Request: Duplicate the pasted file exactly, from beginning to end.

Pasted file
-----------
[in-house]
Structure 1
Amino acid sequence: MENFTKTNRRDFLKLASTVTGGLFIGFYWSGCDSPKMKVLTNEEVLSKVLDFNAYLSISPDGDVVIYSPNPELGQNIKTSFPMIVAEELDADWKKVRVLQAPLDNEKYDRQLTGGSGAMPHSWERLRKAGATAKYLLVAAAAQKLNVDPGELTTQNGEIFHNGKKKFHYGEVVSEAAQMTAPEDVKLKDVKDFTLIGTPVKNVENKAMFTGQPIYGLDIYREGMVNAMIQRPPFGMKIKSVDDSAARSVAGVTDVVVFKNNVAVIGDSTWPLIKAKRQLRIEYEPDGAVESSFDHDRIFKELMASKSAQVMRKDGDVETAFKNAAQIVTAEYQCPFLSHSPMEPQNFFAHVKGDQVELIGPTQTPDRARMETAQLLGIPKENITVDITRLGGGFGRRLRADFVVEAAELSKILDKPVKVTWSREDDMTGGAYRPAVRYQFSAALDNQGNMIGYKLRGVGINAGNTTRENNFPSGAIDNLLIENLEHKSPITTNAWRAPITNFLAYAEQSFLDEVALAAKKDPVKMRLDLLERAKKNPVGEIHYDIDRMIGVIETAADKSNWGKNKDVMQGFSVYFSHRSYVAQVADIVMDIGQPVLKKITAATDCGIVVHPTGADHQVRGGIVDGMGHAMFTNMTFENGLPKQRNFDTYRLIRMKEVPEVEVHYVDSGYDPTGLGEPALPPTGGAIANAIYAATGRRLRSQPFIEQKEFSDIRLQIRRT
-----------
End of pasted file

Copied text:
[in-house]
Structure 1
Amino acid sequence: MENFTKTNRRDFLKLASTVTGGLFIGFYWSGCDSPKMKVLTNEEVLSKVLDFNAYLSISPDGDVVIYSPNPELGQNIKTSFPMIVAEELDADWKKVRVLQAPLDNEKYDRQLTGGSGAMPHSWERLRKAGATAKYLLVAAAAQKLNVDPGELTTQNGEIFHNGKKKFHYGEVVSEAAQMTAPEDVKLKDVKDFTLIGTPVKNVENKAMFTGQPIYGLDIYREGMVNAMIQRPPFGMKIKSVDDSAARSVAGVTDVVVFKNNVAVIGDSTWPLIKAKRQLRIEYEPDGAVESSFDHDRIFKELMASKSAQVMRKDGDVETAFKNAAQIVTAEYQCPFLSHSPMEPQNFFAHVKGDQVELIGPTQTPDRARMETAQLLGIPKENITVDITRLGGGFGRRLRADFVVEAAELSKILDKPVKVTWSREDDMTGGAYRPAVRYQFSAALDNQGNMIGYKLRGVGINAGNTTRENNFPSGAIDNLLIENLEHKSPITTNAWRAPITNFLAYAEQSFLDEVALAAKKDPVKMRLDLLERAKKNPVGEIHYDIDRMIGVIETAADKSNWGKNKDVMQGFSVYFSHRSYVAQVADIVMDIGQPVLKKITAATDCGIVVHPTGADHQVRGGIVDGMGHAMFTNMTFENGLPKQRNFDTYRLIRMKEVPEVEVHYVDSGYDPTGLGEPALPPTGGAIANAIYAATGRRLRSQPFIEQKEFSDIRLQIRRT